Experts see significant GOP gains in 2010 but not enough to win back House

Yes, it's way too early to make any predictions, but then, pollsters and pundits wouldn't have anything to write about which means they'd be out of a job for a year or so.

Actually, the value of predictions today is relevant to the current political debate over health care. Leading analysts who gauge the mood of the public on a month to month, even week to week basis, see outliers that may - or may not - be indicative of trends.

Trends represent long term outlooks rather than the "snapshot" that polls generally give us. Get enough snapshots of how people are thinking, and you can trace how people are feeling about an issue on a graph. That's the essence of strategic polling and politicians - even this far out from the 2010 election - ignore the information at their own peril.

So when several of the best analysts in the industry examine the trendlines, as well as the 50-60 congressional districts where vulnerable members from both parties are fighting to remain in office, they put two and two together and come up with scenarios for the election based on science, their own experience, and hunches born out of their insights gleaned over many years of watching politics.

What these pollsters are seeing does not bode well for the Democrats as explained by Josh Kraushaar of Politico:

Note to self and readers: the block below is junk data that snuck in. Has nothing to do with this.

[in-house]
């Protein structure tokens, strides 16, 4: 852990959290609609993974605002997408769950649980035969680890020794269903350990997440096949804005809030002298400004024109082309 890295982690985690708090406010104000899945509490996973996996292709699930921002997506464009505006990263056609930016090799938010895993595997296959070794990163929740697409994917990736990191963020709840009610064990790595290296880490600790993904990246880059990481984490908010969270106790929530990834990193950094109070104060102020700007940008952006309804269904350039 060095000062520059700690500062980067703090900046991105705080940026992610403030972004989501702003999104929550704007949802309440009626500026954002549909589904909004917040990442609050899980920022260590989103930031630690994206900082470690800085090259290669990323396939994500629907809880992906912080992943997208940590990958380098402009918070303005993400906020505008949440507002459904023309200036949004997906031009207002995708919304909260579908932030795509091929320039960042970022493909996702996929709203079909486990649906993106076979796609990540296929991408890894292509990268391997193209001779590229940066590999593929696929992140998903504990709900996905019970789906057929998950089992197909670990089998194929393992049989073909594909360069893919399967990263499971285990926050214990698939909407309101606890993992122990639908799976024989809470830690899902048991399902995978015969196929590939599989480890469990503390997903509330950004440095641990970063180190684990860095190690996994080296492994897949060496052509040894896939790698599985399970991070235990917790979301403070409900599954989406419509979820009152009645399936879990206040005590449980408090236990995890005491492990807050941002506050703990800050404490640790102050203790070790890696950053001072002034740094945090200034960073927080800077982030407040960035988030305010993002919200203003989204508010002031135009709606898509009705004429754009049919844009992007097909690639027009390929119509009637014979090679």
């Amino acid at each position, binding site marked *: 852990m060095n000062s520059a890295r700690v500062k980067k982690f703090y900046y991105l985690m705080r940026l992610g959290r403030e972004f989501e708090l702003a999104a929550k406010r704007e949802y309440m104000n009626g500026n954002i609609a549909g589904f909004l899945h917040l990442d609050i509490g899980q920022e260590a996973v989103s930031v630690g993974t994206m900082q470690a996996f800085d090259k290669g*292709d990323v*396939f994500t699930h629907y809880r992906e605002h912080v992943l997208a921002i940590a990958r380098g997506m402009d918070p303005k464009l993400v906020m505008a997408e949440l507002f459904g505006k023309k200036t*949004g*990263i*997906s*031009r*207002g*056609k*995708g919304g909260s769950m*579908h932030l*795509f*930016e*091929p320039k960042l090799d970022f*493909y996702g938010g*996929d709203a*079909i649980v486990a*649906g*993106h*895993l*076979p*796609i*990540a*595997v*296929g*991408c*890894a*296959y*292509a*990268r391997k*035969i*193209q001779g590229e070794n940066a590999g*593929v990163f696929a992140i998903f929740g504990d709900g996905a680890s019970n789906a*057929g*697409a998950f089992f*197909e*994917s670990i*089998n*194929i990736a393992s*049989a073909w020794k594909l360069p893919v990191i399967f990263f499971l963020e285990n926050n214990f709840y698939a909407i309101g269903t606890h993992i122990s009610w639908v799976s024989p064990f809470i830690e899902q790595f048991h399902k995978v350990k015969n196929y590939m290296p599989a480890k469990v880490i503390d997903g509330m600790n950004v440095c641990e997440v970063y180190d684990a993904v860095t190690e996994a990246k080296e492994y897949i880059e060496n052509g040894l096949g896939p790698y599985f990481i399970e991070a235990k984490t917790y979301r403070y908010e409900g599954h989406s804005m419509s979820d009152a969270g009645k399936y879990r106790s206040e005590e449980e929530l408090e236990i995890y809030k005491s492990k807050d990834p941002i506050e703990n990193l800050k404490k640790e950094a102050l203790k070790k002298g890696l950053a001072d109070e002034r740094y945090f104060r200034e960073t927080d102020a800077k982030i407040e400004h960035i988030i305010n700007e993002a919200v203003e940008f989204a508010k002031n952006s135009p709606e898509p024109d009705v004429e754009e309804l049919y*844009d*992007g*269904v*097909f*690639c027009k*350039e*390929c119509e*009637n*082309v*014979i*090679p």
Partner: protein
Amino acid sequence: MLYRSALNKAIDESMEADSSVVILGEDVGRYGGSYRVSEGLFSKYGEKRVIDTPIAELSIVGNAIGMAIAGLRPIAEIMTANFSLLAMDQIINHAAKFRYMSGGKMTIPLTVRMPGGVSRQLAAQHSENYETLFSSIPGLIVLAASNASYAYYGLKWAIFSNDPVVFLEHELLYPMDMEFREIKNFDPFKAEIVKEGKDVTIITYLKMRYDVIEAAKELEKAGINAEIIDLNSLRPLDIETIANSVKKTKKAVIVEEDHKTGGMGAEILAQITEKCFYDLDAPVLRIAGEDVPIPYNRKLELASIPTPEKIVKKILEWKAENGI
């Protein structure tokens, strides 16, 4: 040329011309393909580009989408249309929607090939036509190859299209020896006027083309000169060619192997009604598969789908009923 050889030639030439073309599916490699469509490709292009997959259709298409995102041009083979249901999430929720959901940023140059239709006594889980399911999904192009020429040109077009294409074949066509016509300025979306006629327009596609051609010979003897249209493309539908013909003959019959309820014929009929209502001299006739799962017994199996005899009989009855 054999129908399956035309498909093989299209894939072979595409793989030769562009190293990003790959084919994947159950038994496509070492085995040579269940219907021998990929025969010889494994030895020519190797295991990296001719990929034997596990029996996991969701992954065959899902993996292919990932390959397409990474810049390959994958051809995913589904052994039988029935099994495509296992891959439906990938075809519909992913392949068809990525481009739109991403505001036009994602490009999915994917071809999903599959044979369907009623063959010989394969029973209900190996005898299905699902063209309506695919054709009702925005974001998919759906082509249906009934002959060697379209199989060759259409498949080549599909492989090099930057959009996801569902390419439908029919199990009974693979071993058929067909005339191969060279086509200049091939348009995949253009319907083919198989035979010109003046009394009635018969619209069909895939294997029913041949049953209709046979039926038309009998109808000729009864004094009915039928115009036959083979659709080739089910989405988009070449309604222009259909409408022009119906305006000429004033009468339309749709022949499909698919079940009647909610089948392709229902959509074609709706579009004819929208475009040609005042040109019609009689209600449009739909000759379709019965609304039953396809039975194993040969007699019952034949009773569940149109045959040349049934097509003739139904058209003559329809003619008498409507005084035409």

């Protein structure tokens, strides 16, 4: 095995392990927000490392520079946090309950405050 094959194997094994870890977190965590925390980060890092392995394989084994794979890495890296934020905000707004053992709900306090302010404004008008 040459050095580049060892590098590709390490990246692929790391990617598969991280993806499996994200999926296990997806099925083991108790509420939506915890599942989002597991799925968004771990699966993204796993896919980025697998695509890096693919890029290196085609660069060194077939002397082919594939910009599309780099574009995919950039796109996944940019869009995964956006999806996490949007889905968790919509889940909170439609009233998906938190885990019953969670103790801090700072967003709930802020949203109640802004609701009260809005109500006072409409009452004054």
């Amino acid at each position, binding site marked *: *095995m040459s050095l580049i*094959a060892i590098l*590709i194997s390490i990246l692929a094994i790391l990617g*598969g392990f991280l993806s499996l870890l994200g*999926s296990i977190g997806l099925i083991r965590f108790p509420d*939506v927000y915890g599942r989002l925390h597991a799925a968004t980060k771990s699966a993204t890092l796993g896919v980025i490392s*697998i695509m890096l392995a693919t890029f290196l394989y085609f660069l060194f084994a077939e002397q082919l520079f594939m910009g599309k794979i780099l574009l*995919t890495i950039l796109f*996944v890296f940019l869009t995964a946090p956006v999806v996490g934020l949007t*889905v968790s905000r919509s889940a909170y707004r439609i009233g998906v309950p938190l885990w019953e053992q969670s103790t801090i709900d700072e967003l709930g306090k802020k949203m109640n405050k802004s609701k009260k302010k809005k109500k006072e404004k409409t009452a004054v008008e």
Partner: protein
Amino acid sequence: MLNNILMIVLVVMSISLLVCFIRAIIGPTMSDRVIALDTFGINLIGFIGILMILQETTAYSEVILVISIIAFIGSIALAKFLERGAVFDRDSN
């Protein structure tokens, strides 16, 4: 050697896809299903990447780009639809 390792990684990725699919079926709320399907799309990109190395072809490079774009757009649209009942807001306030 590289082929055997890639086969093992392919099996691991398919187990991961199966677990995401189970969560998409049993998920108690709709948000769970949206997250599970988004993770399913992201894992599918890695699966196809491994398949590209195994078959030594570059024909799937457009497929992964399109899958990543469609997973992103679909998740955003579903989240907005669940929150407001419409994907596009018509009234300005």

After an August recess marked by raucous town halls, troubling polling data and widespread anecdotal evidence of a volatile electorate, the small universe of political analysts who closely follow House races is predicting moderate to heavy Democratic losses in 2010.

Some of the most prominent and respected handicappers can now envision an election in which Democrats suffer double-digit losses in the House - not enough to provide the 40 seats necessary to return the GOP to power but enough to put them within striking distance.

Nate Silver, an unconventional but deadly accurate pollster who runs the must read site 538.com - and a Democratic consultant - managed to scare the beejeebees out of liberals at the recently concluded Netroots convention: